* Tattling *
The crowd was fairly sparse, despite the large amounts of free coffee on offer. Serrand's mobile phone went off during David Gockley's first response, in which he mentioned Claus Guth's production of Le Nozze di Figaro. Gockley explained that this production at the Salzburger Festspiele features a silent Cupid who "sticks it to those horny people." The best quote of the evening, however came from Serrand, who said "I don't understand pyschological plays, with people on couches discussing their innards."













Appomattox Panel Discussion

AppomattoxKip Cranna moderated a panel discussion on Appomattox yesterday evening. The panelists included composer Philip Glass, librettist Christopher Hampton, conductor Dennis Russell Davies, director Robert Woodruff, baritone Dwayne Croft (Robert E. Lee), and baritone Andrew Shore (Ulysses S. Grant). Each person was asked about how he became part of this world premiere. We learnt that Christopher Hampton knew little about the American Civil War; that Dennis Russell Davies sent Philip Glass a recording of the "Tenting Tonight," which was included in the opera; that there were two baritones as leads to make it easier for the words to be understood; and that the two baritones were distinguished by a major second.

Don Giovanni Panel Discussion

The stage director of the upcoming Don Giovanni at San Francisco Opera, Leah Hausman, moderated a panel discussion yesterday evening. The panelists included Twyla Robinson (Donna Elvira), Oren Gradus (Leporello), and Luca Pisaroni (Masetto). Though the discussion was somewhat disorganized, the panelists were all quite charming. We learnt that between the three singers they had been in over 20 productions of this opera, that European opera houses are small, and that all opera companies are different.

There were details revealed about the production, which is five years old and has been seen in Belgium, Japan, Luxembourg, and France. The stage is quite raked, the choreography is treacherous, and the lighting is dark. Apparently, the performances will be projected in the balcony so that the singers' faces are visible from there. They are calling this "OperaVision." We are living in the future, friends.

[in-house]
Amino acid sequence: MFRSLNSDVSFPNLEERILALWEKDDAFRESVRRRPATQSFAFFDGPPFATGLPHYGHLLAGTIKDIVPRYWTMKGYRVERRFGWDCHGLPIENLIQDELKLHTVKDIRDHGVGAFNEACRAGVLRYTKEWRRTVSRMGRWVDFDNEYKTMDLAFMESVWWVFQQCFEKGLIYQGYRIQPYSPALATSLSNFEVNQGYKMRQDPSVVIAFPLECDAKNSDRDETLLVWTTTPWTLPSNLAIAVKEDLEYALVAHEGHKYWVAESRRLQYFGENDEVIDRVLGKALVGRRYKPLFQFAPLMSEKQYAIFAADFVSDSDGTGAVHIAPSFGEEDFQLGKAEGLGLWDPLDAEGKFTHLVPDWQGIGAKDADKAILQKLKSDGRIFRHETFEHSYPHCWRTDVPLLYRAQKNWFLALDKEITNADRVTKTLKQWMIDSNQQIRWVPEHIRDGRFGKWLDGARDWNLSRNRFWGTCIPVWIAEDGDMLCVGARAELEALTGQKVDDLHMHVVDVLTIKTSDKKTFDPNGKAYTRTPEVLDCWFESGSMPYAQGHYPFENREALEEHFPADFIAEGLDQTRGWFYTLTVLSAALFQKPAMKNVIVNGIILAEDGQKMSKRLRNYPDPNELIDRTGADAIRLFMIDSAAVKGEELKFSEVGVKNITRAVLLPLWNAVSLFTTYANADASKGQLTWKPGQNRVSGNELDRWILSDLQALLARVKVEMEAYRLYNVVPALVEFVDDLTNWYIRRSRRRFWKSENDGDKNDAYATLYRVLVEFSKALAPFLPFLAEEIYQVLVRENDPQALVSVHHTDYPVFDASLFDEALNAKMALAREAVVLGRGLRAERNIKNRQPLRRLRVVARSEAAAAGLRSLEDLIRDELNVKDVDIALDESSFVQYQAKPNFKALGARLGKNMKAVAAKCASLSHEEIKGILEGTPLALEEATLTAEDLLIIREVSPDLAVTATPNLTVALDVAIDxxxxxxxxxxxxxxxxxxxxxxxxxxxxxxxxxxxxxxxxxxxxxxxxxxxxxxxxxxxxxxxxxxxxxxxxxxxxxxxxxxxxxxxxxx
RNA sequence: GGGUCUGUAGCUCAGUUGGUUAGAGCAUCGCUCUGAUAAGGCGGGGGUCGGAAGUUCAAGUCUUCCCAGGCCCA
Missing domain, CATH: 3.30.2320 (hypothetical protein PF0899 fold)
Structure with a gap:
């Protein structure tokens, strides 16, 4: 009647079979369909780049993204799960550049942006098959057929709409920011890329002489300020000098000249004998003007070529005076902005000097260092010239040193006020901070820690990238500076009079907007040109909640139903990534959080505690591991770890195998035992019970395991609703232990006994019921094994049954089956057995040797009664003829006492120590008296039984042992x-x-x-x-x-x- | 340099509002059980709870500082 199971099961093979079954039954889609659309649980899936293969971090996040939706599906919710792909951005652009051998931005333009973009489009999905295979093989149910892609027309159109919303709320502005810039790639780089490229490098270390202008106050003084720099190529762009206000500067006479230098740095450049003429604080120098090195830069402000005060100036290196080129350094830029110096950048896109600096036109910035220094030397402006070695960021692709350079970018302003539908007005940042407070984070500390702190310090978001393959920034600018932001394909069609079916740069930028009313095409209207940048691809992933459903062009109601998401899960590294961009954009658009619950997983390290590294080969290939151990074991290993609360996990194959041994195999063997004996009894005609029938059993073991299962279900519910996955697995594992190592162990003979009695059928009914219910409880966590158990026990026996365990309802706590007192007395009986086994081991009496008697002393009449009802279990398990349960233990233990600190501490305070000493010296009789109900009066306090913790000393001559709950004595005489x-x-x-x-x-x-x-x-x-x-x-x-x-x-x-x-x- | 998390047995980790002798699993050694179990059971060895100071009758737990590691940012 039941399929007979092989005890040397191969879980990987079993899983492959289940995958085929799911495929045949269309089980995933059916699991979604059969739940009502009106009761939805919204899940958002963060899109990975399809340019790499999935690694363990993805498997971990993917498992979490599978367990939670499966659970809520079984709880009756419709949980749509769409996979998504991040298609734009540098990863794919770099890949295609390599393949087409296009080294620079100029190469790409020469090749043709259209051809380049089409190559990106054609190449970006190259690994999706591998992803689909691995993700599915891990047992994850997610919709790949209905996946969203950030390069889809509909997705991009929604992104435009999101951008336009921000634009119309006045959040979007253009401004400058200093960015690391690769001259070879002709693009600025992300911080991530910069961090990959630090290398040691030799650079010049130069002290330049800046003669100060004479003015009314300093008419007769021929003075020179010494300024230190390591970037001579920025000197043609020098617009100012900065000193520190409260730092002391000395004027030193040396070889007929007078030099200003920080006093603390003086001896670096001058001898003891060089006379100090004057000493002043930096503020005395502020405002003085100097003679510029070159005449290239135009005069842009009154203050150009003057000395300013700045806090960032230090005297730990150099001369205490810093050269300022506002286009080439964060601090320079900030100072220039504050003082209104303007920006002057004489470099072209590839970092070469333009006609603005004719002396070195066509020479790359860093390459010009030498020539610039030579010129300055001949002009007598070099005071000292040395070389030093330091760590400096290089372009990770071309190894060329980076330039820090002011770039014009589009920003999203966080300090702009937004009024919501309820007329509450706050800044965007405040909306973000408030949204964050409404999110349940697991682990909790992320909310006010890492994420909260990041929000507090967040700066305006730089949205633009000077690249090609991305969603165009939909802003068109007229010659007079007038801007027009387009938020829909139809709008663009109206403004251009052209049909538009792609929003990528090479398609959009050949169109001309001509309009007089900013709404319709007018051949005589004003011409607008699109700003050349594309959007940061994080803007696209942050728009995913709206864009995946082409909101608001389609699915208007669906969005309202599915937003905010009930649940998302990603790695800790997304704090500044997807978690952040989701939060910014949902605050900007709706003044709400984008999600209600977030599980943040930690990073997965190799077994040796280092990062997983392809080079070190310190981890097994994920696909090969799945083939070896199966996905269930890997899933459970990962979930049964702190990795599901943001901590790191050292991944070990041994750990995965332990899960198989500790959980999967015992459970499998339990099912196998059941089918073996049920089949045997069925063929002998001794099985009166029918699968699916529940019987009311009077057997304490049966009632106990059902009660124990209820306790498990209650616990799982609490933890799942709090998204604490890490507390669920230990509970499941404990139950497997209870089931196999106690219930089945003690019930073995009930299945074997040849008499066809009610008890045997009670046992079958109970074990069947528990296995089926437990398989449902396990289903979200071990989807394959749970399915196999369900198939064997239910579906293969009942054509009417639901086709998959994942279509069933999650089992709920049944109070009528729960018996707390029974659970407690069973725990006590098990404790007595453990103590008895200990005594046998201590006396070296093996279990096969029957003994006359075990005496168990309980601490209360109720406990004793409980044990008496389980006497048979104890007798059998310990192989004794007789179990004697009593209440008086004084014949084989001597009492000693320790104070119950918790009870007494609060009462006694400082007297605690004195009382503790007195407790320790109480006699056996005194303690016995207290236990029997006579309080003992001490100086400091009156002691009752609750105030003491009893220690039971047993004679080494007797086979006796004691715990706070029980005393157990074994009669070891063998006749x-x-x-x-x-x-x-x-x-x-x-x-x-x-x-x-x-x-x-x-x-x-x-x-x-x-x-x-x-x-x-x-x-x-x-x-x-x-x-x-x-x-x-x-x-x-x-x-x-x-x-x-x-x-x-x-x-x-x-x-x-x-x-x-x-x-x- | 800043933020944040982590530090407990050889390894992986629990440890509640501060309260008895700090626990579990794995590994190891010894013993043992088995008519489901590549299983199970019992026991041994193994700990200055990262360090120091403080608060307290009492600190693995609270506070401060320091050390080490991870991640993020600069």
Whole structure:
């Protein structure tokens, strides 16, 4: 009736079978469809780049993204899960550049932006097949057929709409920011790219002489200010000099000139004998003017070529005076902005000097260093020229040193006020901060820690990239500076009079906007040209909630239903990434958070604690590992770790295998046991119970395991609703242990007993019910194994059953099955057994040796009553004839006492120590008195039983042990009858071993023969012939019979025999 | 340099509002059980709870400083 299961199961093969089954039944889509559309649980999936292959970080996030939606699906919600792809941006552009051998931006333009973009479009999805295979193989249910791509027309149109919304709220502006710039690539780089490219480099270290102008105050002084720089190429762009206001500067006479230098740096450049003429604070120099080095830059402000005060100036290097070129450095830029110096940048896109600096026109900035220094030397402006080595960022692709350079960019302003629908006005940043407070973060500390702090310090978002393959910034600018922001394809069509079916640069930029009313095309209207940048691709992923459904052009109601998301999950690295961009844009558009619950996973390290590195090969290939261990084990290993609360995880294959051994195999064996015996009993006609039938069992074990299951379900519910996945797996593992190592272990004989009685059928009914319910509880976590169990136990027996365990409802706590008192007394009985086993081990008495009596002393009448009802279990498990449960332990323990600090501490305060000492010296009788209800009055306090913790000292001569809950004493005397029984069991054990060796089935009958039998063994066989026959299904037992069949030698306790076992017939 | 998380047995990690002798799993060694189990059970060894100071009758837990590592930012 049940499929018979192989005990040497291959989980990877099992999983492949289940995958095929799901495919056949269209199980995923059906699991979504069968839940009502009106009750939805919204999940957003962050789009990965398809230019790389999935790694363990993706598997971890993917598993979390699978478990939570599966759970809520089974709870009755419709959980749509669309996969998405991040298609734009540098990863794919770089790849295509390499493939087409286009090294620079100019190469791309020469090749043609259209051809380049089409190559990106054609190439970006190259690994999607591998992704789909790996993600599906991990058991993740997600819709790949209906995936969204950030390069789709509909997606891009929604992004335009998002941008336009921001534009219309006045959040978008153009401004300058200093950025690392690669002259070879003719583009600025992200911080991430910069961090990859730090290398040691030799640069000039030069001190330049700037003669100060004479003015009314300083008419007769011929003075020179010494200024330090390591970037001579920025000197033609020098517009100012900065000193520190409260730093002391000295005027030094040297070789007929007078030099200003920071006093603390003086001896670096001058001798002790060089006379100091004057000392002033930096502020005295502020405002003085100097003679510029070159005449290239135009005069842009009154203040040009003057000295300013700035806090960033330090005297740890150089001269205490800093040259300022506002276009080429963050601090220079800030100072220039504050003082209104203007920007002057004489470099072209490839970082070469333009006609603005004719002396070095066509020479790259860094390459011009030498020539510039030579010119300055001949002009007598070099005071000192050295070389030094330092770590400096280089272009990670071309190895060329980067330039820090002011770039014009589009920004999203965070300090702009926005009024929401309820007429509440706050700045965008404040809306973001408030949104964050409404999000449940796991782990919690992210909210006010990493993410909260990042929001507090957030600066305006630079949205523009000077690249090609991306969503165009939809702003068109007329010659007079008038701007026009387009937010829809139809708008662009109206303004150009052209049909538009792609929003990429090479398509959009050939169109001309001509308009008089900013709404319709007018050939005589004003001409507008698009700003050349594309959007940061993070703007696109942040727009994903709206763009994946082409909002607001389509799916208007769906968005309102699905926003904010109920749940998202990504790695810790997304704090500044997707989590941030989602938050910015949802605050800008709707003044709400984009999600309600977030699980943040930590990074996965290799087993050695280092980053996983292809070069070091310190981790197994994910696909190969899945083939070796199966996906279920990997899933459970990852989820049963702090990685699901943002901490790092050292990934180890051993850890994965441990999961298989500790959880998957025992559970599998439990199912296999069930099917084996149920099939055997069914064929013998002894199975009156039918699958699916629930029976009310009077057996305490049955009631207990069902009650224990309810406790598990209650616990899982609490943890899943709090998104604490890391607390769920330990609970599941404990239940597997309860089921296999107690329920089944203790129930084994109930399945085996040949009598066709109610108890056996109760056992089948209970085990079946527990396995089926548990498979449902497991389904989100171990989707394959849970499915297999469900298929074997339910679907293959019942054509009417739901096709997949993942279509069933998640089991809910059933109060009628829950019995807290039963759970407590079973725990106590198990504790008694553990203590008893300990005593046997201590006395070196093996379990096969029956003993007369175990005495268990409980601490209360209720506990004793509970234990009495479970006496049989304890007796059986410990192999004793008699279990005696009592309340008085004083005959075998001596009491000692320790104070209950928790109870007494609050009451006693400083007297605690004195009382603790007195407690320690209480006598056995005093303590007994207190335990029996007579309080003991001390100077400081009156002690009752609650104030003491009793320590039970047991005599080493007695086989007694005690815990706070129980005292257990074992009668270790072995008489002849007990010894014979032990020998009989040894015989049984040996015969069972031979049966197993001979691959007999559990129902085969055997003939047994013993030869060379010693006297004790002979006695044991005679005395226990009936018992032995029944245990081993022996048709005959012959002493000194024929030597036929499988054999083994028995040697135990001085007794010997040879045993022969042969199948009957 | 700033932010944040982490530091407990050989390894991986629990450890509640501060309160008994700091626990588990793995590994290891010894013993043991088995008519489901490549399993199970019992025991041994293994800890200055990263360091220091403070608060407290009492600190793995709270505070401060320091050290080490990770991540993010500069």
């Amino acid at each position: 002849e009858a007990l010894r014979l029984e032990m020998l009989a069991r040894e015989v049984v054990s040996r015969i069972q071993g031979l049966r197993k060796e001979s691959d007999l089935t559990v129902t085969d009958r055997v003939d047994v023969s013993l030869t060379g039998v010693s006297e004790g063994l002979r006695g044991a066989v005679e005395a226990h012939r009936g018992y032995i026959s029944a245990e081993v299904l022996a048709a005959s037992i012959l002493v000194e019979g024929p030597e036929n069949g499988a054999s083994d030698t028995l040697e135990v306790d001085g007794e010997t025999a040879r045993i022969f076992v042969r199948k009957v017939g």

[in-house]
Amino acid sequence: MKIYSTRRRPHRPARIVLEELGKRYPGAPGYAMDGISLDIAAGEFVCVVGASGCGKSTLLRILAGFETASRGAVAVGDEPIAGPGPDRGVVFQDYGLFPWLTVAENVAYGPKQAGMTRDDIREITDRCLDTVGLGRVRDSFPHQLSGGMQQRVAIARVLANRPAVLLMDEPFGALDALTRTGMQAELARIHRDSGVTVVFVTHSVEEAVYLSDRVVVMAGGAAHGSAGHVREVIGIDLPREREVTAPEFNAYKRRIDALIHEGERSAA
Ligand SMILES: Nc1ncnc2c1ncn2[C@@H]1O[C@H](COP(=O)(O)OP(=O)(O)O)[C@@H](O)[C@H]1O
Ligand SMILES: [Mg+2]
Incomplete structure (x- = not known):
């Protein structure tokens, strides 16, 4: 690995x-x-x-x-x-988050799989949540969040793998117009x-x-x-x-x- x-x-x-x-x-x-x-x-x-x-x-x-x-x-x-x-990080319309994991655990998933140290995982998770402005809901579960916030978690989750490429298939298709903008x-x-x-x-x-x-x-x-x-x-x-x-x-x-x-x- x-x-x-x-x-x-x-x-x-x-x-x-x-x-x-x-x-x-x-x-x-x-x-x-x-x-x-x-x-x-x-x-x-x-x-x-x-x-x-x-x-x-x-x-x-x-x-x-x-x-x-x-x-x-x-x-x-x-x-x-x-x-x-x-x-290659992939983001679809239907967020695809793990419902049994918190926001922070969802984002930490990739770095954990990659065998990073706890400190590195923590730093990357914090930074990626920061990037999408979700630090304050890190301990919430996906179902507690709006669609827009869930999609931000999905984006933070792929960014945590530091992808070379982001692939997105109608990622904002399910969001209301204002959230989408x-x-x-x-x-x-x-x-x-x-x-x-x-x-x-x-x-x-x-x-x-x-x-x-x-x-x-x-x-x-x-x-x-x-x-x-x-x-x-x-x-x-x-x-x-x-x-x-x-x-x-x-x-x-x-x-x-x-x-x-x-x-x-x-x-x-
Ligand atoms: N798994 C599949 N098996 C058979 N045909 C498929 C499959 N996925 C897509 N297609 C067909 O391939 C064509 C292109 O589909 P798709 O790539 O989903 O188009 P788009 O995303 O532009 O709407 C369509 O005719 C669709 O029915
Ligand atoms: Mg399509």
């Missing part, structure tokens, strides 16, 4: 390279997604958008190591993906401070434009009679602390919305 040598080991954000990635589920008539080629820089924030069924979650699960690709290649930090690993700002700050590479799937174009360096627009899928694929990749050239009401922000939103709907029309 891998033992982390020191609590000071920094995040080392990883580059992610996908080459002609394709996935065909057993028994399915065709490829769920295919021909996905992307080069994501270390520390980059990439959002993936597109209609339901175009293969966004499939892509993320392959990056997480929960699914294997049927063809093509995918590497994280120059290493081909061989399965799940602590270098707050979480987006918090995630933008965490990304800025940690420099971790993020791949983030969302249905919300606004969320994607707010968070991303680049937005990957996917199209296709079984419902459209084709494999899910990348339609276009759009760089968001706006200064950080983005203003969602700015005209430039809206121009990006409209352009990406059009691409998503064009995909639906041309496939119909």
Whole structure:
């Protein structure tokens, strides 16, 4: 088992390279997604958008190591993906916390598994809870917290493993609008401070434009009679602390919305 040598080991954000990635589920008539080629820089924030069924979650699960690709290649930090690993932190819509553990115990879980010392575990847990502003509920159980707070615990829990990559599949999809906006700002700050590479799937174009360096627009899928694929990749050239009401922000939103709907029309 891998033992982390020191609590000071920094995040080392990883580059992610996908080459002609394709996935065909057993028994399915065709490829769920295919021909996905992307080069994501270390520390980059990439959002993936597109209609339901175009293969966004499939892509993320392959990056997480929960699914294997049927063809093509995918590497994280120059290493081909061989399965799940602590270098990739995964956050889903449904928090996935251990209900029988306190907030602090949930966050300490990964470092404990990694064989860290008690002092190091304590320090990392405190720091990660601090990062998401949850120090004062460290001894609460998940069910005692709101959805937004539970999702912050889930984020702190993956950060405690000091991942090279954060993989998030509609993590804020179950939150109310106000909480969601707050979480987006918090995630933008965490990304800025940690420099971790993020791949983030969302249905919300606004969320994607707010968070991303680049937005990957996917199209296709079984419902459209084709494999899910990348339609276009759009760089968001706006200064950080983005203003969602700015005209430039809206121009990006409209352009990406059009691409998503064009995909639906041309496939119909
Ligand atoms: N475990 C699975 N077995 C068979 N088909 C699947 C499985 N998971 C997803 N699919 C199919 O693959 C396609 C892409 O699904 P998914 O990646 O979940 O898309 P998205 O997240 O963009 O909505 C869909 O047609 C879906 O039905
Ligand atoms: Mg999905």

Manon Lescaut Panel Discussion

Insightmanon* Notes *
Despite having a subscription to San Francisco Opera for 3 seasons, I only managed to attend my first
Opera Insight Panel Discussion yesterday. The hour-long panel discussion on Puccini's third opera was moderated by music director Donald Runnicles and included soprano Karita Mattila, bass Eric Halfvarson, baritone John Hancock, and the stage director Olivier Tambosi.

Much was made of the fragmentation as far as plot goes in regards to Puccini's libretto. Apparently at least seven people worked on it, which seems rather excessive, no? Also, a rather lot of comparisons were made between Puccini's work and Massanet's, and both were compared to the source text by Abbé Prévost.

The production of Manon Lescaut from Lyric Opera of Chicago opens this Sunday at 2pm and it shows 6 more times until December 10th.

* Tattling *
This last opera panel discussion of the year did not seem particularly well-attended, but everyone was rather well-behaved. There was a bit of hilarity regarding Wagner, when Tambosi suggested he was a mountain to get around or through or to subsume.

A few words of German also reared their heads, der Anlauf (from Tambosi) and das Fach (from Mattila).